• The forum software that supports hummy.tv has been upgraded to XenForo 2.1!

    This upgrade brings a number of improvements including the ability to bookmark posts to come back to later. Please bear with us as we continue to tweak things and open a new thread for any questions, issues or suggestions in Site/Forum Issues.

Electrical supply tripping out

MartinLiddle

Super Moderator
Staff member
We own a holiday home in Yorkshire that is sometimes unoccupied for several weeks at a time (although family friends visit every couple of weeks to check for problems and water house plants). The property was built in 2010 (so modern electrics) and is not in a remote location. Recently over a six month we have had two or three occurrences of the electrical supply tripping out. One of these occasions was when the property was unoccupied and the contents of the freezer were a disgusting brown mush by the time we got to them. I have two questions:

1. How do we diagnose what is causing the trips? When the property is unoccupied we turn off as much as possible so the possible culprits would be the central heating system, the fridge/freezer, the burglar alarm, the HDR-2000T PVR and the telephone answering machine (plus anything I have forgotten). We have consulted an electrician who said trial and error was the only way; any more scientific test we could try?

2. What would be the best way of remote monitoring for the power supply failing? A bit of googling found https://www.amazon.co.uk/PowerTxt-MAINS-POWER-FAILURE-ALERTS/dp/B00A7UO7AM which seems to have the required functionality but strikes me as very expensive for what it is. Any suggestions for a cheaper off the shelf option? I have also been pondering DIY solutions. I have an old computer UPS with a USB port that sends a mains power lost signal. I have been considering using that to power the ADSL modem router and a Raspberry Pi to monitor the signal and send an alert when the power fails; does this sound feasible? Any better suggestions?
 
OP
M

MartinLiddle

Super Moderator
Staff member
When you say "tripping out", is that the RCD (earth leakage) or the MCB (over-current)?
I think it is RCD; I know which breaker tripped but I am not at the property to check. Certainly what ever tripped took out all the power to the house not just a single ring main.
 

Trev

The Dumb One
Do you mean that it tripped a single breaker and the RCD? Or was it just one breaker but you are not certain which one it was?
 

Wallace

Traveler 34122
I have my cable modem and a Raspberry Pi connected to a 'cheap' APC UPS. The UPS is connected to the Raspberry by with the comms lead (USB) that came with the UPS. When/if the mains fails, the Raspberry Pi sends me an email.

Being a holiday home, you might not have an active Internet connection but I thought I would mention it anyway.
 

Black Hole

May contain traces of nut
If the RCD is more nuisance than the risk of electrocution, my vote is to disable it. I'm not sure what the current standards are, but we never used to have RCD protection and it should only trip if there is an imbalance in the current out compared to the current in (ie some has escaped to the safety earth connection or to ground).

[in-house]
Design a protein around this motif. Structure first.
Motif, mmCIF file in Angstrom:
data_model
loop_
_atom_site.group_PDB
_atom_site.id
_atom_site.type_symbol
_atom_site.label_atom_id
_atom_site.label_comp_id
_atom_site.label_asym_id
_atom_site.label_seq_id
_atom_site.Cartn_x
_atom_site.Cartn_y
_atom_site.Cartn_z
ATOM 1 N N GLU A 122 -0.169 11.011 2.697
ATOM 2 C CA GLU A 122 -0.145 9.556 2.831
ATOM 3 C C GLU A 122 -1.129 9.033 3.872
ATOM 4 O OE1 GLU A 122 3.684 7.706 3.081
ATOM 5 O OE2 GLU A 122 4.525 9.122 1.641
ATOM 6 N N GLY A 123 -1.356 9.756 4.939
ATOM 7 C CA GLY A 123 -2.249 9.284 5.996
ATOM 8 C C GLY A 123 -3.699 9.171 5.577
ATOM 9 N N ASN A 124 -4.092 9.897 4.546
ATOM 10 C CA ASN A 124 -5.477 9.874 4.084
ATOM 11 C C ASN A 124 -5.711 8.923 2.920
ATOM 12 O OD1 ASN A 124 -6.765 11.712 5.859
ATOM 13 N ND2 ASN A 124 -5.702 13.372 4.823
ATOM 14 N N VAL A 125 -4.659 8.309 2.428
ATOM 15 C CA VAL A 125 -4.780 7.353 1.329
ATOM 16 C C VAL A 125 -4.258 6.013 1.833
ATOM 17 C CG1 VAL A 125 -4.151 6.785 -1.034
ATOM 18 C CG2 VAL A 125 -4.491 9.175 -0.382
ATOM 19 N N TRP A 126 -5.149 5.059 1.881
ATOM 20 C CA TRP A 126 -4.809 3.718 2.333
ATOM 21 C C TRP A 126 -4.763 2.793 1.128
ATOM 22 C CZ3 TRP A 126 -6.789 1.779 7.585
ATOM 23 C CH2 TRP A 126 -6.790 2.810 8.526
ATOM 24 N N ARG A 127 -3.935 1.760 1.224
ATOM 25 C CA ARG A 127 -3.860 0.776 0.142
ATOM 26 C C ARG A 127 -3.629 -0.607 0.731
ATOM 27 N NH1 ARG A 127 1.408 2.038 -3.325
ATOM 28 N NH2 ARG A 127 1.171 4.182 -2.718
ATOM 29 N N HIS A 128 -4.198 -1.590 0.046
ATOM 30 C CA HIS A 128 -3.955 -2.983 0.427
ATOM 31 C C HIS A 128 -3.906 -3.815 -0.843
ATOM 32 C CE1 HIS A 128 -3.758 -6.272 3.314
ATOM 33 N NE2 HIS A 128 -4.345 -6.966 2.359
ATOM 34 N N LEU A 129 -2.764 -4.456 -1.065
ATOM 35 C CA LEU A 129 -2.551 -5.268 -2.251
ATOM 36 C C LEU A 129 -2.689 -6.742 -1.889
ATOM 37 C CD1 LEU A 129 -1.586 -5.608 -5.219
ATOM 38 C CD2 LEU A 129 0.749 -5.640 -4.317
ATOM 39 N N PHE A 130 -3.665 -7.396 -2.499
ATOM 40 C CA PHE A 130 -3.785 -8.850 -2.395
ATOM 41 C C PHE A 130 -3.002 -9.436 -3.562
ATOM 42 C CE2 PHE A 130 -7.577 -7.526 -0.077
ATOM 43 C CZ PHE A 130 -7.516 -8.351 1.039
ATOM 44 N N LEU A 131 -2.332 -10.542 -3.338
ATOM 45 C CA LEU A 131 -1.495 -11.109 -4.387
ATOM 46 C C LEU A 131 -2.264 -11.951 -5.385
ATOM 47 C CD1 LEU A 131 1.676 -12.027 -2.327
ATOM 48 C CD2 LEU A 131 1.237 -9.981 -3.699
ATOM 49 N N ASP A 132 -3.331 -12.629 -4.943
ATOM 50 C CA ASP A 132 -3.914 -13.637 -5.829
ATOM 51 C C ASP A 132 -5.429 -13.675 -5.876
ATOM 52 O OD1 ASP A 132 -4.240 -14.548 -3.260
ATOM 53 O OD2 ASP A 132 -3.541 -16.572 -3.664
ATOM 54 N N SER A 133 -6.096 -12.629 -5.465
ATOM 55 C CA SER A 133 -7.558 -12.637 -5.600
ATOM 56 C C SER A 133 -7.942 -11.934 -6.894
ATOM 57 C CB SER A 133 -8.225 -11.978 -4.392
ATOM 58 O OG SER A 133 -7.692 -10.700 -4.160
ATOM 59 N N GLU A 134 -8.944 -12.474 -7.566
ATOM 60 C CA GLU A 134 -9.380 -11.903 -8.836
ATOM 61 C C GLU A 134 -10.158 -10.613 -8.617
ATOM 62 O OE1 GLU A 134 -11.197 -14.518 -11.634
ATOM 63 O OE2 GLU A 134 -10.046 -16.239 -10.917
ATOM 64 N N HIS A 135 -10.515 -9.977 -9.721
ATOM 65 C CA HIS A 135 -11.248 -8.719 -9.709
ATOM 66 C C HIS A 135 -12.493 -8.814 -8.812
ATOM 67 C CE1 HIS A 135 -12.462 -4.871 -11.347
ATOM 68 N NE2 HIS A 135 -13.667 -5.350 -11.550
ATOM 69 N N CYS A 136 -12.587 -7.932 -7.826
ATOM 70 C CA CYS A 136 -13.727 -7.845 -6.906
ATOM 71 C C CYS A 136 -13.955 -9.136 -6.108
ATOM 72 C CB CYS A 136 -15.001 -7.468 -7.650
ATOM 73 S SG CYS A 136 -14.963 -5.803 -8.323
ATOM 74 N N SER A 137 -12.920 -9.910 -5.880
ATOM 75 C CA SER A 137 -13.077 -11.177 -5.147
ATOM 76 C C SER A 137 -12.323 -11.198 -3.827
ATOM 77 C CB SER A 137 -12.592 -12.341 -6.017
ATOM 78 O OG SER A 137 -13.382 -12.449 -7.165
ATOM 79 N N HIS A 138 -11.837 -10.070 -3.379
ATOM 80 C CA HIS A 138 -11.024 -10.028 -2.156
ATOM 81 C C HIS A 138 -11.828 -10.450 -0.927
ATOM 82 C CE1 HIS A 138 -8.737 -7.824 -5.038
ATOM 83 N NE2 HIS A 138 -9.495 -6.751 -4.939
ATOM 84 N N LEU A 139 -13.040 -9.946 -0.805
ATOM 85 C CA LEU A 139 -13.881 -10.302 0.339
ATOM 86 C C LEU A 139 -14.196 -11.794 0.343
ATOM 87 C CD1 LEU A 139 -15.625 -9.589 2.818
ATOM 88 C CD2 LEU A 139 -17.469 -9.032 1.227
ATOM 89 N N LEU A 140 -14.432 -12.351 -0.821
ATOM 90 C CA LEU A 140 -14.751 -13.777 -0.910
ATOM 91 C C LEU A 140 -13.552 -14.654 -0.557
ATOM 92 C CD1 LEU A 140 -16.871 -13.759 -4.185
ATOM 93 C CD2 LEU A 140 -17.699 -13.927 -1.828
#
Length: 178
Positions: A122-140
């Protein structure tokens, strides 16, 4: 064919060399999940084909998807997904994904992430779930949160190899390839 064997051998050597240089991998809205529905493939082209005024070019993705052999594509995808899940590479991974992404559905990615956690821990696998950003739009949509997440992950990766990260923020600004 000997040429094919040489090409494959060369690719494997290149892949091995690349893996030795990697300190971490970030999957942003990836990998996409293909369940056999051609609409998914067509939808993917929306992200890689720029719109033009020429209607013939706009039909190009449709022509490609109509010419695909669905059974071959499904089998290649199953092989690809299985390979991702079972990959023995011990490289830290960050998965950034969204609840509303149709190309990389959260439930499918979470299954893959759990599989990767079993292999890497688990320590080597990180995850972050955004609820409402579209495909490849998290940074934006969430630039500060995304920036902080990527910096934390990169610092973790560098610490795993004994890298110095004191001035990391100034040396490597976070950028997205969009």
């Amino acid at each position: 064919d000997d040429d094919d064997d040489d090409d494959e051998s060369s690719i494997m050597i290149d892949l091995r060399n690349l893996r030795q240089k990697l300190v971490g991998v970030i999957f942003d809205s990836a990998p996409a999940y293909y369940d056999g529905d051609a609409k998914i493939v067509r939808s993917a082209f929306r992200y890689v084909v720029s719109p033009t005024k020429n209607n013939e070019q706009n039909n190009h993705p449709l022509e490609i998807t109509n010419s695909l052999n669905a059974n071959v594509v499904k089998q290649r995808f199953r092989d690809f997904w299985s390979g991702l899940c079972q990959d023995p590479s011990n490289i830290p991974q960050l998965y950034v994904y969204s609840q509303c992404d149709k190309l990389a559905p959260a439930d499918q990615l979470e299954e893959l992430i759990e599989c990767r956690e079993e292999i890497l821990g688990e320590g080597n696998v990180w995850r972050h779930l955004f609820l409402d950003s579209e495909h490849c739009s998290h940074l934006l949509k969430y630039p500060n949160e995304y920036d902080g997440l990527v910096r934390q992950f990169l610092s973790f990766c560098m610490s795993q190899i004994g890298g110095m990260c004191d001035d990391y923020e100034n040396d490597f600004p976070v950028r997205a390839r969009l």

I wouldn't put it beyond the RCD itself to be faulty, but electronics equipment which uses input mains filters (and utilise the earth as a common node) exacerbates the problem (I regard these as an illicit use of the safety earth).

Regardless, even without the RCD there should be no risk to the occupants under normal circumstances - RCDs provide a degree of protection by shutting of power if there is a problem that double-insulation and over-current protection hasn't already dealt with. I can well imagine that power disturbances (such as might be caused by lightning activity) might trip an RCD unnecessarily.
 

Trev

The Dumb One
I had an RCD that was tripping 'randomly' for no apparent reason. I changed it and haven't had a problem since. The only time it has tripped is when I have pressed the 'Test' button.
 
OP
M

MartinLiddle

Super Moderator
Staff member
I have my cable modem and a Raspberry Pi connected to a 'cheap' APC UPS. The UPS is connected to the Raspberry by with the comms lead (USB) that came with the UPS. When/if the mains fails, the Raspberry Pi sends me an email.
Now that is interesting because my old UPS is a cheap APC. What software are you using on the Raspberry Pi to send the email?
 
OP
M

MartinLiddle

Super Moderator
Staff member
Do you mean that it tripped a single breaker and the RCD? Or was it just one breaker but you are not certain which one it was?
My problem is that we arrived at the holiday home in the evening as it was getting dark and I was more interested in getting an electrical supply rather than fault finding. I know exactly which breaker it was but without the panel in front of me I can't be certain about its function. All the electrical circuits were off.

Incidentally there were power cuts in the surrounding homes at about the time the breaker will have tripped (due to road works and contractors damaging supply cables) but none of the neighbours had tripped breakers. Could a power cut (or more likely a surge as the power came on) cause a breaker to trip?